It might be a time decked in merriment, but the holiday season isn’t easy on a reporter.
The sad stories come out, the tales that beg to be told because you wonder who would do this… and right before Christmas of all times. Human tragedy just seems that much worse under the multi-colored lights of the holiday season.
A father is diagnosed with a rare disease and can’t put presents under the tree for his kids.
A child loses her best friend and favorite Christmas present, the dog who has gotten her through every moment when it was just tough to be a kid. I wrote about them both last week, and when the paper had been put to bed, I was tired.
I went home, kicked off my shoes and looked around.
There are signs of Christmas commercialism in our house for sure.
There’s a singing snowman from that chief of holiday schmaltz, the Hallmark company. Hanging in the archway at the end of the living room is a stocking already stuffed – and decorated in Classic Winnie the Pooh finery.
I could apologize for letting Disney take over a holiday once rooted in religion.
But I won’t.
Yes, technically, Jesus is the reason for the season – at least in our Christian household.
In others it is the miracle of that single night’s worth of oil that burned for eight long days.
The religious connotations of the 12th month cannot be lost, and it’s only proper that we honor our own special beliefs in the coming weeks.
But beginning on Thanksgiving Day and usually lasting well through the Epiphany in January there’s a feeling of well-being, the type that allows us to wallow in the depths of Bing Crosby’s croon and wipe a few tears at George Bailey’s rediscovery of himself.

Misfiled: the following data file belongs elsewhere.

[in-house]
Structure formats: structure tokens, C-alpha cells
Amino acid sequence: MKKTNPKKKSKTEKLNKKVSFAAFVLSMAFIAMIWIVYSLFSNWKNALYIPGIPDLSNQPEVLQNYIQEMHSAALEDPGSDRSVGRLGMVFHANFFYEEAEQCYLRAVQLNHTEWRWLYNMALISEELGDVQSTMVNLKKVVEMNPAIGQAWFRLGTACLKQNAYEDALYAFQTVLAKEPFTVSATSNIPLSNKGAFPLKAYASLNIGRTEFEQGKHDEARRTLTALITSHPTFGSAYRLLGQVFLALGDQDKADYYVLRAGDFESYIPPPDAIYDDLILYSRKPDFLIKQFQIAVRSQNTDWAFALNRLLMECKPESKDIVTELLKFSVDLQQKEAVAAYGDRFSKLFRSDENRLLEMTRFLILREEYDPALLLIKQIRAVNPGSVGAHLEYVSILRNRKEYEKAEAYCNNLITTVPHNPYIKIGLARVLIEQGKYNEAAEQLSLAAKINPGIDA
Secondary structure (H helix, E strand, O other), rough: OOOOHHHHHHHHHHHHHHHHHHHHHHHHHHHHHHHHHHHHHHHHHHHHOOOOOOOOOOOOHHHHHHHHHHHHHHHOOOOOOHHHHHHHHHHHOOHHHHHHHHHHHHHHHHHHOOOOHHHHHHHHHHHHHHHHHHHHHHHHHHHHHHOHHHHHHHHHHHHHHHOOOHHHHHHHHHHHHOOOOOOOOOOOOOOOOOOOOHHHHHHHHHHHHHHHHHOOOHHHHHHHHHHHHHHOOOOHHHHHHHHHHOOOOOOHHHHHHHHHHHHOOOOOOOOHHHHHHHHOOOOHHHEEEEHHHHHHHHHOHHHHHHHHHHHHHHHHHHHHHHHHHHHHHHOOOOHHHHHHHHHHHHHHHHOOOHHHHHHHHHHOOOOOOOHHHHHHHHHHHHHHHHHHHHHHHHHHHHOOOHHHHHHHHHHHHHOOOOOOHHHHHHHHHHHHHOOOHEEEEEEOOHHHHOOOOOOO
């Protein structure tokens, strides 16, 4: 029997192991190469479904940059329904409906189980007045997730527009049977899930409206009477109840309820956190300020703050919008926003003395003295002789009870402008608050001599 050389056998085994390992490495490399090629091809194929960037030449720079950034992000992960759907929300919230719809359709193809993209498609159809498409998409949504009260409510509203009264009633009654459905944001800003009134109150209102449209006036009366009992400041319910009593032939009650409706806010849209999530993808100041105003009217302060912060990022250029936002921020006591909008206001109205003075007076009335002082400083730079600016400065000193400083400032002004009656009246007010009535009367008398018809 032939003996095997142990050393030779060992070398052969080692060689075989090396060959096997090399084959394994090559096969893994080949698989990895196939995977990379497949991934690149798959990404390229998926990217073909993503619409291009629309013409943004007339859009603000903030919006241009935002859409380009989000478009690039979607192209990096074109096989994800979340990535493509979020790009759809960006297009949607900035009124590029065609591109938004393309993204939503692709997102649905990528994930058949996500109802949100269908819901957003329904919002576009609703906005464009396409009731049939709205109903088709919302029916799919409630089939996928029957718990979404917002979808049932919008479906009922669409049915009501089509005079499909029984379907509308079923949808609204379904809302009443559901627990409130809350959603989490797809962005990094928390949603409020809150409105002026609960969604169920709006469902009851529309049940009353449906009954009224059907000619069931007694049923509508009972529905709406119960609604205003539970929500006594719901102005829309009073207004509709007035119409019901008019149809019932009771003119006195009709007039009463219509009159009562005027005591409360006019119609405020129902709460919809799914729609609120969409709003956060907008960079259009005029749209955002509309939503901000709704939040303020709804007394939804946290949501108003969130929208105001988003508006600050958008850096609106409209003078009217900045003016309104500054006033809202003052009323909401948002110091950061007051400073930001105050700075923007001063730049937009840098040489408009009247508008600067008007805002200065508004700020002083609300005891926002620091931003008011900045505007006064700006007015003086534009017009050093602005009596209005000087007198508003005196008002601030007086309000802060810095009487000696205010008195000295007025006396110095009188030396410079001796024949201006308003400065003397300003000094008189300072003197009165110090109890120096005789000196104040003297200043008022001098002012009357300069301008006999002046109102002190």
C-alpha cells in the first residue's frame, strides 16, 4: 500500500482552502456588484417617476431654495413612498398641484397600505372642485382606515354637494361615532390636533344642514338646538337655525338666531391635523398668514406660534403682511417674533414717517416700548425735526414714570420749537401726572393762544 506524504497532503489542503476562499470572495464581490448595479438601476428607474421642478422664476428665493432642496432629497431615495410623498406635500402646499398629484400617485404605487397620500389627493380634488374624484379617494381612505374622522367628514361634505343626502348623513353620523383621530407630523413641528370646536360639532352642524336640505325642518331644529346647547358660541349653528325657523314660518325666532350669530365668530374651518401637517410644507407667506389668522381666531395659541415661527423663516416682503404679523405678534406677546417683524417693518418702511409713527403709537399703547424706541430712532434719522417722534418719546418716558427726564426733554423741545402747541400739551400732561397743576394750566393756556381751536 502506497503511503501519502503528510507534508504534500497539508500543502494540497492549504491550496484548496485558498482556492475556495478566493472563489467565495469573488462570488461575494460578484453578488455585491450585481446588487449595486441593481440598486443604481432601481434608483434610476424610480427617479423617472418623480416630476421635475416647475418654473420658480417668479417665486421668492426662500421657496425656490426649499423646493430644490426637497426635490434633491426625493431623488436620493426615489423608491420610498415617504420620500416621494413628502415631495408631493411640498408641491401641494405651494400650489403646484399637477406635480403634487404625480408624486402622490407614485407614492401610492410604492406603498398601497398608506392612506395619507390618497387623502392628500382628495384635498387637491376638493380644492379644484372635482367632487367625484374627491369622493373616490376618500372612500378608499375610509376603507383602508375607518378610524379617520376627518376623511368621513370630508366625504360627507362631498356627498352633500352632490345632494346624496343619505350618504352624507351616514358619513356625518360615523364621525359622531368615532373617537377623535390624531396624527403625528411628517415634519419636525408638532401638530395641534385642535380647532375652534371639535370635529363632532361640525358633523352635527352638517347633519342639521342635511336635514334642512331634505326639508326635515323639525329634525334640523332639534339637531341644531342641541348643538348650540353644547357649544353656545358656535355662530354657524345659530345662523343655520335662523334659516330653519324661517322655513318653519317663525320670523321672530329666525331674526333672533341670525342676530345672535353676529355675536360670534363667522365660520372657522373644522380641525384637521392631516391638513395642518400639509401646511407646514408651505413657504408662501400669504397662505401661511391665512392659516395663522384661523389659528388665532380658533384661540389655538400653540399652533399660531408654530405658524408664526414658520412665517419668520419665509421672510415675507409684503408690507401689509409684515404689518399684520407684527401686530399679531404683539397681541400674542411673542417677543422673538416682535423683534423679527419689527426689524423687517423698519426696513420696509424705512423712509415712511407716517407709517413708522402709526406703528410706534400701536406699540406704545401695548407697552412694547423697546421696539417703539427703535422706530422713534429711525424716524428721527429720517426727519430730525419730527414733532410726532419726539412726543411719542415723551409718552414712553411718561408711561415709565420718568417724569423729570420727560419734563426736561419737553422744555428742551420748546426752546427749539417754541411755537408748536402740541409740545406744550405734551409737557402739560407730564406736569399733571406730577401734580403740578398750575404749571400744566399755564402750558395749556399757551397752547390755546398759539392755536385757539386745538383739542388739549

The holidays are distinct days, set apart for celebration by Jews and Christians (and on a cultural level, by the folks who set aside some time for Kwanzaa).
But the season has transcended religion.
Commercial or not, it’s about giving.
It’s about going over the top – buying toys not just for our own girls and boys but a few extras to toss in the Marine Corps boxes on the street corners.
It’s about peeling a few dollars we can barely spare off our bank rolls and slipping them wordlessly into the palm of the young mother desperately watching the total climb on the grocery register.
For me the essence of Sunday school and Mass every week could be compressed into one simple motto, tattooed on every child fresh from the womb – do unto others.
Filling their lives with excess for just one season can’t hurt if it’s done the right way – with presents for them, and a few for the Toys for Tots bin; with cookies for them and a plate full for the local bake sale.
What do I believe in this holiday season?
Celebrating is the answer.
Not with presents per se or candy canes. Not with the tree or the stockings. But with everything and everyone.
They tell me it’s contagious.
That’s how I muddle through the depressing stories of the holiday – content in the knowledge that people who know how to celebrate the season can help make even the darkest hours bright again.
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